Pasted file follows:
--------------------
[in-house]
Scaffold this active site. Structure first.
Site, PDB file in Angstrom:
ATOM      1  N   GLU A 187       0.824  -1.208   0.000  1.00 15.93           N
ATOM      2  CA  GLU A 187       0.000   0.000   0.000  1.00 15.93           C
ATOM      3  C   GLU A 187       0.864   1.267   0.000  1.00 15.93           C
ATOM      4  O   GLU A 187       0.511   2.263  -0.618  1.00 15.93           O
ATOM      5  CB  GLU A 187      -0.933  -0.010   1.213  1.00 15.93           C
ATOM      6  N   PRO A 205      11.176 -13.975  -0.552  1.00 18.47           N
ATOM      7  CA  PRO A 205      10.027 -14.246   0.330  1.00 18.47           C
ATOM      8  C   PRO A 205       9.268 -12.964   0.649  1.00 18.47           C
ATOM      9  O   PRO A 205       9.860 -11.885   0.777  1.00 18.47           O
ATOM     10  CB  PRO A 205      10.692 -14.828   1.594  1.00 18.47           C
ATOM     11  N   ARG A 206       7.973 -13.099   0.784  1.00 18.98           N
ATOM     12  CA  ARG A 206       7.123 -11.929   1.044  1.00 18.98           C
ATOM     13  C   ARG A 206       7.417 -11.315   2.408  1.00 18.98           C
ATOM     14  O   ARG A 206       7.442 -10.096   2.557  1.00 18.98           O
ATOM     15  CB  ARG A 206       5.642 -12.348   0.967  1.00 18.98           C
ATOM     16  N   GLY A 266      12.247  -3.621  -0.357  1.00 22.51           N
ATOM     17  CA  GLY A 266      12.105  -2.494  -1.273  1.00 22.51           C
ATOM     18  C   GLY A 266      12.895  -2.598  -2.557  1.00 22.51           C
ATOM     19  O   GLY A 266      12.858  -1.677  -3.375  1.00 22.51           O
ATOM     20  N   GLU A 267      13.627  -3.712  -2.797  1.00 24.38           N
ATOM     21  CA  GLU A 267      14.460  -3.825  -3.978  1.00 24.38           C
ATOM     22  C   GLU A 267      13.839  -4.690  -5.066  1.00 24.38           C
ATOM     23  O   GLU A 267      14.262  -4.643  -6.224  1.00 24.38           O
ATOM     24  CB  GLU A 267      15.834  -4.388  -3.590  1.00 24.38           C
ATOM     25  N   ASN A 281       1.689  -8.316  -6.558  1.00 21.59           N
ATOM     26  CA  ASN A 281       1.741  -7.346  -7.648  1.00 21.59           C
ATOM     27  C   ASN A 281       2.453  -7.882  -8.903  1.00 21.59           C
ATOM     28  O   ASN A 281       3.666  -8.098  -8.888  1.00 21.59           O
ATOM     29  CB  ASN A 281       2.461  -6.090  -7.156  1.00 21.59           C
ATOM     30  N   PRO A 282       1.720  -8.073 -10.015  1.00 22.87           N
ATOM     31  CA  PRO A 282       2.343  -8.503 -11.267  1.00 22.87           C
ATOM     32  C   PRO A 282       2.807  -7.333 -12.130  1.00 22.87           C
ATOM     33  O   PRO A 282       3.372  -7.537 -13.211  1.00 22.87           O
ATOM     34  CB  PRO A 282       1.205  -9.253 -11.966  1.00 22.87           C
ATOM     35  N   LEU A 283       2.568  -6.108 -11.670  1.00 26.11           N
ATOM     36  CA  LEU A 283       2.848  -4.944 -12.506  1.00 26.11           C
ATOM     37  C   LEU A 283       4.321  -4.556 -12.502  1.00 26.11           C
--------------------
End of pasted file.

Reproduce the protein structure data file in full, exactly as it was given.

[in-house]
Scaffold this active site. Structure first.
Site, PDB file in Angstrom:
ATOM      1  N   GLU A 187       0.824  -1.208   0.000  1.00 15.93           N
ATOM      2  CA  GLU A 187       0.000   0.000   0.000  1.00 15.93           C
ATOM      3  C   GLU A 187       0.864   1.267   0.000  1.00 15.93           C
ATOM      4  O   GLU A 187       0.511   2.263  -0.618  1.00 15.93           O
ATOM      5  CB  GLU A 187      -0.933  -0.010   1.213  1.00 15.93           C
ATOM      6  N   PRO A 205      11.176 -13.975  -0.552  1.00 18.47           N
ATOM      7  CA  PRO A 205      10.027 -14.246   0.330  1.00 18.47           C
ATOM      8  C   PRO A 205       9.268 -12.964   0.649  1.00 18.47           C
ATOM      9  O   PRO A 205       9.860 -11.885   0.777  1.00 18.47           O
ATOM     10  CB  PRO A 205      10.692 -14.828   1.594  1.00 18.47           C
ATOM     11  N   ARG A 206       7.973 -13.099   0.784  1.00 18.98           N
ATOM     12  CA  ARG A 206       7.123 -11.929   1.044  1.00 18.98           C
ATOM     13  C   ARG A 206       7.417 -11.315   2.408  1.00 18.98           C
ATOM     14  O   ARG A 206       7.442 -10.096   2.557  1.00 18.98           O
ATOM     15  CB  ARG A 206       5.642 -12.348   0.967  1.00 18.98           C
ATOM     16  N   GLY A 266      12.247  -3.621  -0.357  1.00 22.51           N
ATOM     17  CA  GLY A 266      12.105  -2.494  -1.273  1.00 22.51           C
ATOM     18  C   GLY A 266      12.895  -2.598  -2.557  1.00 22.51           C
ATOM     19  O   GLY A 266      12.858  -1.677  -3.375  1.00 22.51           O
ATOM     20  N   GLU A 267      13.627  -3.712  -2.797  1.00 24.38           N
ATOM     21  CA  GLU A 267      14.460  -3.825  -3.978  1.00 24.38           C
ATOM     22  C   GLU A 267      13.839  -4.690  -5.066  1.00 24.38           C
ATOM     23  O   GLU A 267      14.262  -4.643  -6.224  1.00 24.38           O
ATOM     24  CB  GLU A 267      15.834  -4.388  -3.590  1.00 24.38           C
ATOM     25  N   ASN A 281       1.689  -8.316  -6.558  1.00 21.59           N
ATOM     26  CA  ASN A 281       1.741  -7.346  -7.648  1.00 21.59           C
ATOM     27  C   ASN A 281       2.453  -7.882  -8.903  1.00 21.59           C
ATOM     28  O   ASN A 281       3.666  -8.098  -8.888  1.00 21.59           O
ATOM     29  CB  ASN A 281       2.461  -6.090  -7.156  1.00 21.59           C
ATOM     30  N   PRO A 282       1.720  -8.073 -10.015  1.00 22.87           N
ATOM     31  CA  PRO A 282       2.343  -8.503 -11.267  1.00 22.87           C
ATOM     32  C   PRO A 282       2.807  -7.333 -12.130  1.00 22.87           C
ATOM     33  O   PRO A 282       3.372  -7.537 -13.211  1.00 22.87           O
ATOM     34  CB  PRO A 282       1.205  -9.253 -11.966  1.00 22.87           C
ATOM     35  N   LEU A 283       2.568  -6.108 -11.670  1.00 26.11           N
ATOM     36  CA  LEU A 283       2.848  -4.944 -12.506  1.00 26.11           C
ATOM     37  C   LEU A 283       4.321  -4.556 -12.502  1.00 26.11           C